Moreover, Dutch Muslim primary schools may soon be the targets of investigation by the government after a controversial 2002 report published by the Dutch National Intelligence and Security Agency (BVD) claimed that one in five Muslim primary schools receives money from Islamic fundamentalists (Human Rights Without Frontiers 19 Mar. 2002; Radio Netherlands 20 Feb. 2002).

Although no reports of violence or intimidation by skinheads against Muslims could be found among the sources consulted by the Research Directorate, a 1995 report by the Anti-Defamation League (ADL) entitled "The Skinhead International: A Worldwide Survey of Neo-Nazi Skinheads" provides general information on skinhead activity in the Netherlands:

The skinhead movements in ... various countries are extensively linked with each other. This "Skinhead International" is maintained through the travels abroad of popular Skinhead rock bands and their fans; the worldwide marketing of Skinhead paraphernalia and recordings; the sale and trading of publications known as "skinzines"; the wide exchange of propaganda materials and other correspondence; and, increasingly, the utilization of electronic communications, the Internet and computer bulletin board services.

...

The Netherlands neo-Nazi Skinheads have assaulted and killed perceived enemies. They also dot the ranks of a broader Dutch racist movement; several belong to a small neo-Nazi organization and to two far-right political parties.

...[T]he Skinhead movement in the Netherlands has undergone a revival in the last two years. Experts there put the number of Skinheads today at 300 to 600.

...

Until 1990 most Dutch neo-Nazi Skins belonged to the Dutch Youth Front (JFN) and the Action Front of National Socialists (ANS), a small neo-Nazi group linked to a banned German organization. ...

...

Some Skins are members of the Center Democrats (CD), another far-right party which has three seats in Parliament (US Newswire 28 June 1995).

An unsuccessful attempt was made by the Research Directorate to obtain information from the Netherlands Police Institute regarding incidents of skinhead violence against Muslims and the subsequent response by police.

This Response was prepared after researching publicly accessible information currently available to the Research Directorate within time constraints. This Response is not, and does not purport to be, conclusive as to the merit of any particular claim to refugee status or asylum. Please find below the list of additional sources consulted in researching this Information Request.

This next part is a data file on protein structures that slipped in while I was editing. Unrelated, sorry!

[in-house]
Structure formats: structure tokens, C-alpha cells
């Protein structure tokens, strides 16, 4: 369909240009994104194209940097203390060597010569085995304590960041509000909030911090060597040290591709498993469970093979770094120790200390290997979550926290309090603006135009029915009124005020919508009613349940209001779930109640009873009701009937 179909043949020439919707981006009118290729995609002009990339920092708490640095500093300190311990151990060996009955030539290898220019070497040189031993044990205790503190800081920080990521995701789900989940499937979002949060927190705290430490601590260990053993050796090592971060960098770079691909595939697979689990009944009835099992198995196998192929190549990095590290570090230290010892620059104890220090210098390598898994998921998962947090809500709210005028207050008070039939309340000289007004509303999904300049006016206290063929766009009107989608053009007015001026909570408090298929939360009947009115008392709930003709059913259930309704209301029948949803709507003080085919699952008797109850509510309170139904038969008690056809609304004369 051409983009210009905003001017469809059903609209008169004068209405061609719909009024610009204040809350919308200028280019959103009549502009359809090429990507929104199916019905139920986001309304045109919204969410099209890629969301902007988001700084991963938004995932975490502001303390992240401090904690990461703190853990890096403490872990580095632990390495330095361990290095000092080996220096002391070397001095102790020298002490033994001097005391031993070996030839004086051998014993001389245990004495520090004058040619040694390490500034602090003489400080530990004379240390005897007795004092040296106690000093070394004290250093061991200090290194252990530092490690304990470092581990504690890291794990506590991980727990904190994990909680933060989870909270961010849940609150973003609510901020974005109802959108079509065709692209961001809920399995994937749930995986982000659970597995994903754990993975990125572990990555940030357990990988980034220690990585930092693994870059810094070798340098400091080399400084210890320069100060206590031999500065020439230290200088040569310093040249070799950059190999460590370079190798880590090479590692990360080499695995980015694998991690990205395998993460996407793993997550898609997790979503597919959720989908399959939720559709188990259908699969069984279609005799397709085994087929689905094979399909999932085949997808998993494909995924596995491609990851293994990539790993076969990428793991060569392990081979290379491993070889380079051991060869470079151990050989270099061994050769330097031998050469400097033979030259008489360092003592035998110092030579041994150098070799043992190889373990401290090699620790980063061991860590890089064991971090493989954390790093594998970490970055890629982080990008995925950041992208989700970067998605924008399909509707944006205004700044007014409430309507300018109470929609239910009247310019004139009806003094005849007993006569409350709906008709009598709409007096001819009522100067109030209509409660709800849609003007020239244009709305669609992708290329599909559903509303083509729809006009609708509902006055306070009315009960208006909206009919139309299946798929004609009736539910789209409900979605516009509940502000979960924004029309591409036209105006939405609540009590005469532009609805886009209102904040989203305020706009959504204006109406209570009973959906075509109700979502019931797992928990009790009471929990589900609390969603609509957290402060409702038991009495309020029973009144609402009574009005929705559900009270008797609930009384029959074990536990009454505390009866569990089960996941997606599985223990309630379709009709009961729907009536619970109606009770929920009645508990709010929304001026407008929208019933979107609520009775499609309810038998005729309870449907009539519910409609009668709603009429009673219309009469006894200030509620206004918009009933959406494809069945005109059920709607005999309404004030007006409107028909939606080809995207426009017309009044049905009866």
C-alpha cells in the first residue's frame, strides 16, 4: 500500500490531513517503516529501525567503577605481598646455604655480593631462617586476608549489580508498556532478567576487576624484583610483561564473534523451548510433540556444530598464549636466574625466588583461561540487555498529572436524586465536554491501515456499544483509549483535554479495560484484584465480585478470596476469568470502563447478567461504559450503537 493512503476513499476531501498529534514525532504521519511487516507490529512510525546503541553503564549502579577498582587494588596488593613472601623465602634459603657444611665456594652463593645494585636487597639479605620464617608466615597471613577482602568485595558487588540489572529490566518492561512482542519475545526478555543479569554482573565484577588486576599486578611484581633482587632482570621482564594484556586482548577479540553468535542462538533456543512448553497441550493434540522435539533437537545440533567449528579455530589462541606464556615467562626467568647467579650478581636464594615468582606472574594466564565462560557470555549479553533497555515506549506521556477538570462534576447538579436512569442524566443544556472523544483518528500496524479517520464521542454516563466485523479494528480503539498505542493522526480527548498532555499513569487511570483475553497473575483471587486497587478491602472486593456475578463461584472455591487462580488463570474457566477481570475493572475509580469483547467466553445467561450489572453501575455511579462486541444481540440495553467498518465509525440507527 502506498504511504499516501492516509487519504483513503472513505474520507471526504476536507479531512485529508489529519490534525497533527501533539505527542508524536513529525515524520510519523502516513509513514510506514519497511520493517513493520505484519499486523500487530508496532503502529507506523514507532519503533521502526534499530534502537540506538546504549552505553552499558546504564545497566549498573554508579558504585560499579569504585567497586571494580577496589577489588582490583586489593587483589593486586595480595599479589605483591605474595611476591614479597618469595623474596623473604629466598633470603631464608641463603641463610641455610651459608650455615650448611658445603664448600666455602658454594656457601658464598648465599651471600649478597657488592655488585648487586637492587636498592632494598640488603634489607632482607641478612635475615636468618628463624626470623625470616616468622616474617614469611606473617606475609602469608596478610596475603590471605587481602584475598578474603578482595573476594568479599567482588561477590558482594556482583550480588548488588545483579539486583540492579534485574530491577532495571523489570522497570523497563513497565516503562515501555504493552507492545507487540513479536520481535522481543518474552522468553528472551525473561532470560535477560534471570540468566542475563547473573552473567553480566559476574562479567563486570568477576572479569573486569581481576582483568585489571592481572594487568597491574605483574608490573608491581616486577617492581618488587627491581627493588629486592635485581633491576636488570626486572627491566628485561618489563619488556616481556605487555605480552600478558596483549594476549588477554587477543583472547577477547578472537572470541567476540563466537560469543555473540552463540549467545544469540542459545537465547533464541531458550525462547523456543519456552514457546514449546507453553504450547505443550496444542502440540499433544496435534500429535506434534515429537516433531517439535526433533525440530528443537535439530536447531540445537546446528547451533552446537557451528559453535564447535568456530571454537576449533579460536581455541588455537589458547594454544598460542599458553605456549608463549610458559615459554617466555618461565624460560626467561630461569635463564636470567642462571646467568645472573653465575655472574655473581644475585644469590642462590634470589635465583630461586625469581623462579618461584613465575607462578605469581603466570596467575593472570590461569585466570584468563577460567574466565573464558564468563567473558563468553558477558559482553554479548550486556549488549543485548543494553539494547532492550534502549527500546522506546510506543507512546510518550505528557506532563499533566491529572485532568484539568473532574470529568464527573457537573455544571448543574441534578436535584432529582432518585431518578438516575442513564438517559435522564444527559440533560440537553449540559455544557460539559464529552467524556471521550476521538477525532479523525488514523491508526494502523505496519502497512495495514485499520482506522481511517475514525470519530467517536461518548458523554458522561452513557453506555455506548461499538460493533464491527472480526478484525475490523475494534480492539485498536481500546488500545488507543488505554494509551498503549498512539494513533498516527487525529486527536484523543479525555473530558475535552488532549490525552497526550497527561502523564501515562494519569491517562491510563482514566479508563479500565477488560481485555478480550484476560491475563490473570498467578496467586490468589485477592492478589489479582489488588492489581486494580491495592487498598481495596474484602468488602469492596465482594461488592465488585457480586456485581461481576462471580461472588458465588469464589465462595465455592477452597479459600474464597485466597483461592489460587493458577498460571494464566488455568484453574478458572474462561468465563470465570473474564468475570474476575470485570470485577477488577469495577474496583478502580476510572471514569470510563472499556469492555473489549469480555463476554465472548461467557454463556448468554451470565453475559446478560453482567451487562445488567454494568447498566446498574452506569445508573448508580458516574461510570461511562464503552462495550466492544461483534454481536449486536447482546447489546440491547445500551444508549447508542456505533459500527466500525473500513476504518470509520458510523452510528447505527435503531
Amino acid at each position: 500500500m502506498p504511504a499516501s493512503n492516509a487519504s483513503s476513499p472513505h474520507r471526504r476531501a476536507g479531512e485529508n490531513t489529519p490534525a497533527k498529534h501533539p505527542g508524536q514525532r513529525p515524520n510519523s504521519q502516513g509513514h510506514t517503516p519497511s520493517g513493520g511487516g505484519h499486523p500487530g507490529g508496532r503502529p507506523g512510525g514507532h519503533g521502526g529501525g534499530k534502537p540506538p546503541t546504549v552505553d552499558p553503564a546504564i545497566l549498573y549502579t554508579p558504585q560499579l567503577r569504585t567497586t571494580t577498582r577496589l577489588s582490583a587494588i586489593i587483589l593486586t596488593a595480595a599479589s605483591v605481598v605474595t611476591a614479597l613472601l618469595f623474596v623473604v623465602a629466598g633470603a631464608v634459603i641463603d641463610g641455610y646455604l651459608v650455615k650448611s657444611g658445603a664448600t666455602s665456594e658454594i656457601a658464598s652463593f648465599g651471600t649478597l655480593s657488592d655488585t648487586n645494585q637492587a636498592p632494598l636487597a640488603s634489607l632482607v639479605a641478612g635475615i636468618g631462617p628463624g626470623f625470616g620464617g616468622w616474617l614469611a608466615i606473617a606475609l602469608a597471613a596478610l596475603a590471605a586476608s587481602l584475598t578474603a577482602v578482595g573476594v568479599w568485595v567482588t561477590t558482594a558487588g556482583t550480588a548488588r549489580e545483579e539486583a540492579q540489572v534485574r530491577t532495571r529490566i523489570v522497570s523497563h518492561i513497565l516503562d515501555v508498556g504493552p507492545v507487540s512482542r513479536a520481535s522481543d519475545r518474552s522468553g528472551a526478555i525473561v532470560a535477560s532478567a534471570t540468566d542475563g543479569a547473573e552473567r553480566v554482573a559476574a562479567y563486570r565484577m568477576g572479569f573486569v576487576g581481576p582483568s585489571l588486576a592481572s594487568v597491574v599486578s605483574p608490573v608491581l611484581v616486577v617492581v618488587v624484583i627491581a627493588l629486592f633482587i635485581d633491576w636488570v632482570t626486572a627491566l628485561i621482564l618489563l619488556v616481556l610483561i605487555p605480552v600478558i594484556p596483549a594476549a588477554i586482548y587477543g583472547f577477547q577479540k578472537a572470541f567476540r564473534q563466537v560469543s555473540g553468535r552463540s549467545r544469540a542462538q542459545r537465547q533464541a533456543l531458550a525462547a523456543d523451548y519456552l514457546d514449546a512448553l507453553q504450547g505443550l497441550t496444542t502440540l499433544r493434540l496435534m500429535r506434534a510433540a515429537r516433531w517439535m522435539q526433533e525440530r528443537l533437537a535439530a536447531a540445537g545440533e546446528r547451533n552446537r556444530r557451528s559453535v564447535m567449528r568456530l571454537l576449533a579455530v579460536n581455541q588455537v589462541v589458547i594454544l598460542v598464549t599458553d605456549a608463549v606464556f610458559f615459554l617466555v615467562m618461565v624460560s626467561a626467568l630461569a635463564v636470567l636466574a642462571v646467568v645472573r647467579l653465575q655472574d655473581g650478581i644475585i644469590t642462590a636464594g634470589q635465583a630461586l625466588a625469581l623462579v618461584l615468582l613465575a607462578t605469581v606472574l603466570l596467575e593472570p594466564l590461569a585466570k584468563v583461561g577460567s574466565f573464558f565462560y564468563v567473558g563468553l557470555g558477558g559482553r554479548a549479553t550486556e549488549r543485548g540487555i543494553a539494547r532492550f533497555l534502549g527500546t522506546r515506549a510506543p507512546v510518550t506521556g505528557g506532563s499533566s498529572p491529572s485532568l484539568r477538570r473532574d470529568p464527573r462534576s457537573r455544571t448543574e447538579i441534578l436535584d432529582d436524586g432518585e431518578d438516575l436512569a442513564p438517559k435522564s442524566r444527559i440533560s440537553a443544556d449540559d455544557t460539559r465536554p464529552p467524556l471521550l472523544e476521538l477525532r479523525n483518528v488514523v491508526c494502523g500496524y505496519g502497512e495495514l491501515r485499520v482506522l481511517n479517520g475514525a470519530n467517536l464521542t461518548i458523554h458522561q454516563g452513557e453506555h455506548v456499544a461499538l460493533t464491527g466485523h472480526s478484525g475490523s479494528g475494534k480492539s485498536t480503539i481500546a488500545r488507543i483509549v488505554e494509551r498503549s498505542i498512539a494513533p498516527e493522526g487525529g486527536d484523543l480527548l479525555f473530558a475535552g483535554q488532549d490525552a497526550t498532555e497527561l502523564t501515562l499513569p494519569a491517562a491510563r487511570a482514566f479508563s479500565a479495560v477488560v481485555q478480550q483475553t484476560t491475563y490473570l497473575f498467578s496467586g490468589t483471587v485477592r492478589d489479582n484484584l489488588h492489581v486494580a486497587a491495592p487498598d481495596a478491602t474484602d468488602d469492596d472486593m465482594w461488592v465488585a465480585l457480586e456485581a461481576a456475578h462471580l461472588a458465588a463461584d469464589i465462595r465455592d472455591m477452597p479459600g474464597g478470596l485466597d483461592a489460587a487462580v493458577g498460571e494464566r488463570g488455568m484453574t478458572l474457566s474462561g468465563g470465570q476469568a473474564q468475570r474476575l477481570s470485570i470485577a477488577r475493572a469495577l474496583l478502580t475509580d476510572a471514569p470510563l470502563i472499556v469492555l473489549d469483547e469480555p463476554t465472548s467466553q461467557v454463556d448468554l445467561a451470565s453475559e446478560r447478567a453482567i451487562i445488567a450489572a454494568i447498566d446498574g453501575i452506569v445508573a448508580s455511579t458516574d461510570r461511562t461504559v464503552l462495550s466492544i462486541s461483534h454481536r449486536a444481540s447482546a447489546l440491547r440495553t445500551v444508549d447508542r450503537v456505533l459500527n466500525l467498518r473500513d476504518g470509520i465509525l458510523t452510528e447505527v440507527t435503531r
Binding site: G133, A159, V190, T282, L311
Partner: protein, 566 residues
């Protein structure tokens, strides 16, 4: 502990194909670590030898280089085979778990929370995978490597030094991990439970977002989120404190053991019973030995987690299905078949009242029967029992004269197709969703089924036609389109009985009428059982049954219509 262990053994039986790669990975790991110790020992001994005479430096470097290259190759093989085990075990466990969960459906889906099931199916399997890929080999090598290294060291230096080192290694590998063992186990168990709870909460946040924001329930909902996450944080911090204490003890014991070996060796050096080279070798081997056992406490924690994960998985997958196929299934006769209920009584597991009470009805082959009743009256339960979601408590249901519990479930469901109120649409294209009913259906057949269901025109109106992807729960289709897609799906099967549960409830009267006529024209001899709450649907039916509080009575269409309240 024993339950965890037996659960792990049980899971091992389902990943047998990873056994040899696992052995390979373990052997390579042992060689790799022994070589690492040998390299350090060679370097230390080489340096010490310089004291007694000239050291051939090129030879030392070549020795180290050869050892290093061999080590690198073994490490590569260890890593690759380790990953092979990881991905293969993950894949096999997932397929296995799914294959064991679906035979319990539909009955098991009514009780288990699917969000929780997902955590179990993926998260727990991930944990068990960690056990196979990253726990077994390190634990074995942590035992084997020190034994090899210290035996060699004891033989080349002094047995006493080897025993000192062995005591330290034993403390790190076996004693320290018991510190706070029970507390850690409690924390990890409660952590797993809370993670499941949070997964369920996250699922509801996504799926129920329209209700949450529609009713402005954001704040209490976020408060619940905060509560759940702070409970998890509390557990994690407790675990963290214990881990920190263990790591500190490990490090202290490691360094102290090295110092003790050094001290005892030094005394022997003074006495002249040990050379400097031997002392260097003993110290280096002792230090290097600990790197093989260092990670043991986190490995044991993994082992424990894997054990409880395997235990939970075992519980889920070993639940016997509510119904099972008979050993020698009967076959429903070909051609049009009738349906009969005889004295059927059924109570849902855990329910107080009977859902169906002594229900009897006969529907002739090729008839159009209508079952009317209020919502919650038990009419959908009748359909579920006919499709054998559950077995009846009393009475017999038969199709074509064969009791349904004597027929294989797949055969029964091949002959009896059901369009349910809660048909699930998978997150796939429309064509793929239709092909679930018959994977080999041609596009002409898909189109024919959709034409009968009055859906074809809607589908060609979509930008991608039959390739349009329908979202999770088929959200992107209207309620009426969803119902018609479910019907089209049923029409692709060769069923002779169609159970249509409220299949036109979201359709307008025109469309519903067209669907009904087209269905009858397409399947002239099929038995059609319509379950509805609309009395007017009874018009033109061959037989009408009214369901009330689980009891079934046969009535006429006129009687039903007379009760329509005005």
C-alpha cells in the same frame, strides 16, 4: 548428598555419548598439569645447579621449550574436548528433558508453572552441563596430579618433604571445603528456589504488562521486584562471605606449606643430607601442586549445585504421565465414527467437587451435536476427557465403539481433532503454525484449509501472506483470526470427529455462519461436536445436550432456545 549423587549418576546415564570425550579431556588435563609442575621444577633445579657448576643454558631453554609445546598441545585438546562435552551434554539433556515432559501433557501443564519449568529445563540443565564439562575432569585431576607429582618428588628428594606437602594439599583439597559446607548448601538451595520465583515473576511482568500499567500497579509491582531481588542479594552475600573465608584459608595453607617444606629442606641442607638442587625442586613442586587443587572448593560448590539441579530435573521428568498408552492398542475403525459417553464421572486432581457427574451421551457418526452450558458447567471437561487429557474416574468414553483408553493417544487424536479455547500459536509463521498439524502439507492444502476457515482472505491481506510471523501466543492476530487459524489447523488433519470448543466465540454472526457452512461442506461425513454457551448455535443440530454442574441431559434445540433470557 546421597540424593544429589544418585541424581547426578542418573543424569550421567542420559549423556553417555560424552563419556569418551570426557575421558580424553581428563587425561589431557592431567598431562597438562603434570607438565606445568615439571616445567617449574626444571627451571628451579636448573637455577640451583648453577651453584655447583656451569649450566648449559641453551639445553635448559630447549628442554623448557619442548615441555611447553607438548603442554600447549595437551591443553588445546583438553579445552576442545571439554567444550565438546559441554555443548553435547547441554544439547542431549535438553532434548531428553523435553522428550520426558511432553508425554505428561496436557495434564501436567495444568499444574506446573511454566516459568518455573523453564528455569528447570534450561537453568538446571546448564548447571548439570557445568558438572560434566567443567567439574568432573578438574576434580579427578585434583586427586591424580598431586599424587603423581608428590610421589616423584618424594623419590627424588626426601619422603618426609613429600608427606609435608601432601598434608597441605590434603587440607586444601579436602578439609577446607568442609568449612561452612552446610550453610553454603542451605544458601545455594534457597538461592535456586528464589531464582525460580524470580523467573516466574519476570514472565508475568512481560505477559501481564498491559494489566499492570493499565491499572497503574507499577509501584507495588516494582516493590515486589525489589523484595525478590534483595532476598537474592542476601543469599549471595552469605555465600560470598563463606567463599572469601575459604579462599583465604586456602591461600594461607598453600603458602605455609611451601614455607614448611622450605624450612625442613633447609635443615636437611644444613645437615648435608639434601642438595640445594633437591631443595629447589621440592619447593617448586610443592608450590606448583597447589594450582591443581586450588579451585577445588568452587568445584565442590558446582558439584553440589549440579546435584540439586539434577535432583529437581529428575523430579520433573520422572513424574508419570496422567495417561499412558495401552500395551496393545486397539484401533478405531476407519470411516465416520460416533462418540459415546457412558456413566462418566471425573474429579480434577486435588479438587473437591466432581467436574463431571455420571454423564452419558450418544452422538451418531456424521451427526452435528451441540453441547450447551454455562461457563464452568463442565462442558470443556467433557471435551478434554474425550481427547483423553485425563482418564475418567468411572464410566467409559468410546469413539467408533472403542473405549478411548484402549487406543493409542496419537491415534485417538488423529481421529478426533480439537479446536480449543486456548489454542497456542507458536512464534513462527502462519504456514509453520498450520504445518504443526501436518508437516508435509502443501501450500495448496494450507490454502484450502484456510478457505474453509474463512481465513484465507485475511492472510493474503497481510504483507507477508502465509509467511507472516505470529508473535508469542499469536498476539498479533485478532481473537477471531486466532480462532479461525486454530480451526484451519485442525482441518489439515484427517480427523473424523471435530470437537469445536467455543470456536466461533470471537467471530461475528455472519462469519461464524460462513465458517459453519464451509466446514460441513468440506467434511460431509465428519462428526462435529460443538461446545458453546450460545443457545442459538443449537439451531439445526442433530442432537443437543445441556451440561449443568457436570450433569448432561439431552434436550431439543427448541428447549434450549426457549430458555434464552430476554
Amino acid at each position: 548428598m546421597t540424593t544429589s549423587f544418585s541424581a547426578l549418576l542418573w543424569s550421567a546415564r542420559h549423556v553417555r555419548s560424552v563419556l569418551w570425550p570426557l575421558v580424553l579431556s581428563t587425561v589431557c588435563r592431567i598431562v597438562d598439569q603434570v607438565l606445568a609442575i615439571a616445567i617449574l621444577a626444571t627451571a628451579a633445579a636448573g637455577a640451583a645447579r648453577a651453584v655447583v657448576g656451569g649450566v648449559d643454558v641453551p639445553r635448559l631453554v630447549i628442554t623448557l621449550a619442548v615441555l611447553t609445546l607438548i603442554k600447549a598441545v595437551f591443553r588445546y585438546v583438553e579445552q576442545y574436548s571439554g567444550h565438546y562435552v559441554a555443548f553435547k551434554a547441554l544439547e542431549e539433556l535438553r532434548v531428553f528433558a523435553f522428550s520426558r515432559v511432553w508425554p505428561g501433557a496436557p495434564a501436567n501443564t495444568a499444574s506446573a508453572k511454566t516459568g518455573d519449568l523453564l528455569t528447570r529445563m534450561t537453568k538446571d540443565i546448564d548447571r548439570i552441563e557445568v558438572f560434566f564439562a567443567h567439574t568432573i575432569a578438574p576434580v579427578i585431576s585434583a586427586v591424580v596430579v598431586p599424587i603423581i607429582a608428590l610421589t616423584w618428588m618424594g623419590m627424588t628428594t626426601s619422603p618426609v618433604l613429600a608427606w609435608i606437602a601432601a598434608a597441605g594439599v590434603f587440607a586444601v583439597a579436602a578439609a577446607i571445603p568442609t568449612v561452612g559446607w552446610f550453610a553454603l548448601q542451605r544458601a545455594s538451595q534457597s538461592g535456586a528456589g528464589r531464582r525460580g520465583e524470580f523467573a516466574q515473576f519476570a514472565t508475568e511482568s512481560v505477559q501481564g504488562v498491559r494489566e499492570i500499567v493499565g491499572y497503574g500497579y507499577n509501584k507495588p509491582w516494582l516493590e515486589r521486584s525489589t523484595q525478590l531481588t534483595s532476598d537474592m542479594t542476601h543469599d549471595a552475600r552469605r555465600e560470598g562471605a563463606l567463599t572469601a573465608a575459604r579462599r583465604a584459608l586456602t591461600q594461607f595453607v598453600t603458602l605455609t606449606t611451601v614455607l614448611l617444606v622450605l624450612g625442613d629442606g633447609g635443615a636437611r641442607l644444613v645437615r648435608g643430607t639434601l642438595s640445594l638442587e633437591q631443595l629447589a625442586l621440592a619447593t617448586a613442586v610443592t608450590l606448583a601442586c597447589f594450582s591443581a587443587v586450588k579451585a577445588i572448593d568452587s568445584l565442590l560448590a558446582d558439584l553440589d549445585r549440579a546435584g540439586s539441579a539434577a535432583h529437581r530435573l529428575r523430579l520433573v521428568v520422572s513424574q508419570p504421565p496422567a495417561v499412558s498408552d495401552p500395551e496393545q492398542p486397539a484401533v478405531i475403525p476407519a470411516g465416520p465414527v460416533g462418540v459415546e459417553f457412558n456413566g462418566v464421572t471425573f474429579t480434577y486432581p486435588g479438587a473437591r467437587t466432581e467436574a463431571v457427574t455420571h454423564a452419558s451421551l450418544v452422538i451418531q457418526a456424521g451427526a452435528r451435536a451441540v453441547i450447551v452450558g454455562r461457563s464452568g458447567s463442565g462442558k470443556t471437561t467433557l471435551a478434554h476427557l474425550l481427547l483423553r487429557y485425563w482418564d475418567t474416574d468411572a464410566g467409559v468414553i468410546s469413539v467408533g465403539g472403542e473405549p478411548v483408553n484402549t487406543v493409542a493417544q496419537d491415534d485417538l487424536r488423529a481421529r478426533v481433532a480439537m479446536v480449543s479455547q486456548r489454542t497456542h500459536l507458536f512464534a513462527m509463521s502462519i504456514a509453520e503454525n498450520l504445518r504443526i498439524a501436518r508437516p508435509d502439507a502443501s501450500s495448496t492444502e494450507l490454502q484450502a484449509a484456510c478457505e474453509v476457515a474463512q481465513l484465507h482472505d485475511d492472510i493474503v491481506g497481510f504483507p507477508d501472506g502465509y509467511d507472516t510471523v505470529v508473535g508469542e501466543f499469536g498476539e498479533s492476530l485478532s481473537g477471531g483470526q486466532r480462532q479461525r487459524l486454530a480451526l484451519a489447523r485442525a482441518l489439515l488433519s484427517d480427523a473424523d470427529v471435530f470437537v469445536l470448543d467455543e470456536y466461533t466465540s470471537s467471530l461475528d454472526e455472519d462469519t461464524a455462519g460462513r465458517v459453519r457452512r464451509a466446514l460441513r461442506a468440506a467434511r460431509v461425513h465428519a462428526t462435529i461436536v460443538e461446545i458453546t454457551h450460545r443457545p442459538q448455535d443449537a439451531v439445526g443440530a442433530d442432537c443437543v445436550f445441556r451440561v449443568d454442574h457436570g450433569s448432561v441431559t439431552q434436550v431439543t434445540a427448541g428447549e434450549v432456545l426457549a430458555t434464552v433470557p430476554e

References

Agence France Presse. 21 September 2001. "Dutch Police Unable to Confirm Mosque Arson Attack Linked to US Terror Attacks." (FBIS-WEU-2001-0921 21 Sept. 2001/WNC)

De Standaard. 27 September 2001. "Dutch Poll Highlights Growing Tension Between Dutch, Muslims." (FBIS-WEU-2001-0927 27 Sept. 2001/WNC)

Human Rights Without Frontiers Int. 19 March 2002. "Muslim Schools Under Fire by Dutch." [Accessed 1 Nov. 2002]

International Religious Freedom Report for 2001. 26 October 2001. "The Netherlands." United States Department of State. [Accessed 1 Nov. 2002]

Keyhan [Tehran, in English]. 7 October 2001. "Tehran Daily Views World Violence Against Muslims." (FBIS-NES-2001-1010 10 Oct. 2001/WNC)

National Centre for School Improvement. 5 November 2002. E-mail correspondence from the Coordinator of International Affairs.

Radio Netherlands. 20 February 2002. "Concern About Muslim Schools." [Accessed 31 Oct. 2002]

US Newswire. 28 June 1995. "Text of ADL Report 'The Skinhead International; A Worldwide Survey of Neo-Nazi Skinheads'." (NEXIS)

You Are Special! 1 November 2002. Telephone interview with Founder and Secretary.

Additional Sources Consulted

Unsuccessful attempts to obtain information from the Embassy of the Netherlands in Ottawa, the Consulate General of the Netherlands in Vancouver, and the Netherlands Police Institute

IRB Databases

LEXIS/NEXIS

Internet sites, including:

Amnesty International (AI)

Consulate General of the Netherlands in Vancouver

Country Reports on Human Rights Practices for 2001. "The Netherlands"

Freedom House.

Human Rights Watch (HRW)

Islamic Human Rights Commission

Netherlands Institute of Human Rights

Netherlands Ministry of Education, Culture and Science (unable to access electronic information)

Netherlands Police Institute

United Nations

World News Connection (WNC)

Copyright notice: This document is published with the permission of the copyright holder and producer Immigration and Refugee Board of Canada (IRB). The original version of this document may be found on the offical website of the IRB at http://www.irb-cisr.gc.ca/en/. Documents earlier than 2003 may be found only on Refworld.